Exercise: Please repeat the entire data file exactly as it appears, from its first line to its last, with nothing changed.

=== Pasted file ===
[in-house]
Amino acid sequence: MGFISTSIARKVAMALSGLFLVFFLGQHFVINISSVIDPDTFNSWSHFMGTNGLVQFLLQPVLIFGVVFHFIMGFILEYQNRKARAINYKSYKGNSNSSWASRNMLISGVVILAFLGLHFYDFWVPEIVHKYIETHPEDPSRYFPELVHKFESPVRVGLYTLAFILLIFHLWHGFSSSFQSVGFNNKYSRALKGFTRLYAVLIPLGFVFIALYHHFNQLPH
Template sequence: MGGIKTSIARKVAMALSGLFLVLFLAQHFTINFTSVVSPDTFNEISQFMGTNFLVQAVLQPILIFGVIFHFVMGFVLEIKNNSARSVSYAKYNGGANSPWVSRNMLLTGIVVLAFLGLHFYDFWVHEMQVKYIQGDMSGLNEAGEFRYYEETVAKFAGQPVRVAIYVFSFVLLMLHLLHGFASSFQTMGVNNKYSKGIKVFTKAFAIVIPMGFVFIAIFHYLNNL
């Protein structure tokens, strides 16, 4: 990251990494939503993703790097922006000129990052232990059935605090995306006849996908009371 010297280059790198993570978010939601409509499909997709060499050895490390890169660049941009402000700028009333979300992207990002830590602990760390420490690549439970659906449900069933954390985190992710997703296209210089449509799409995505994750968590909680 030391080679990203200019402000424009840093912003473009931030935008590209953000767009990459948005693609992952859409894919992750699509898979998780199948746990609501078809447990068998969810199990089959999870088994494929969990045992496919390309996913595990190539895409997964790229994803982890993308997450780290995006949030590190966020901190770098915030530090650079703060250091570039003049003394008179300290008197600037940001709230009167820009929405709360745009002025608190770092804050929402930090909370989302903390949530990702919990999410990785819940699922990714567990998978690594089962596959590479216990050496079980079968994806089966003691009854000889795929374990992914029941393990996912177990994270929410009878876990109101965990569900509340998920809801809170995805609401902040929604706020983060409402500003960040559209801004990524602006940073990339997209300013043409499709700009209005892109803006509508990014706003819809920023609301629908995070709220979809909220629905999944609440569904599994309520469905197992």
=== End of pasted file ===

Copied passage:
[in-house]
Amino acid sequence: MGFISTSIARKVAMALSGLFLVFFLGQHFVINISSVIDPDTFNSWSHFMGTNGLVQFLLQPVLIFGVVFHFIMGFILEYQNRKARAINYKSYKGNSNSSWASRNMLISGVVILAFLGLHFYDFWVPEIVHKYIETHPEDPSRYFPELVHKFESPVRVGLYTLAFILLIFHLWHGFSSSFQSVGFNNKYSRALKGFTRLYAVLIPLGFVFIALYHHFNQLPH
Template sequence: MGGIKTSIARKVAMALSGLFLVLFLAQHFTINFTSVVSPDTFNEISQFMGTNFLVQAVLQPILIFGVIFHFVMGFVLEIKNNSARSVSYAKYNGGANSPWVSRNMLLTGIVVLAFLGLHFYDFWVHEMQVKYIQGDMSGLNEAGEFRYYEETVAKFAGQPVRVAIYVFSFVLLMLHLLHGFASSFQTMGVNNKYSKGIKVFTKAFAIVIPMGFVFIAIFHYLNNL
């Protein structure tokens, strides 16, 4: 990251990494939503993703790097922006000129990052232990059935605090995306006849996908009371 010297280059790198993570978010939601409509499909997709060499050895490390890169660049941009402000700028009333979300992207990002830590602990760390420490690549439970659906449900069933954390985190992710997703296209210089449509799409995505994750968590909680 030391080679990203200019402000424009840093912003473009931030935008590209953000767009990459948005693609992952859409894919992750699509898979998780199948746990609501078809447990068998969810199990089959999870088994494929969990045992496919390309996913595990190539895409997964790229994803982890993308997450780290995006949030590190966020901190770098915030530090650079703060250091570039003049003394008179300290008197600037940001709230009167820009929405709360745009002025608190770092804050929402930090909370989302903390949530990702919990999410990785819940699922990714567990998978690594089962596959590479216990050496079980079968994806089966003691009854000889795929374990992914029941393990996912177990994270929410009878876990109101965990569900509340998920809801809170995805609401902040929604706020983060409402500003960040559209801004990524602006940073990339997209300013043409499709700009209005892109803006509508990014706003819809920023609301629908995070709220979809909220629905999944609440569904599994309520469905197992």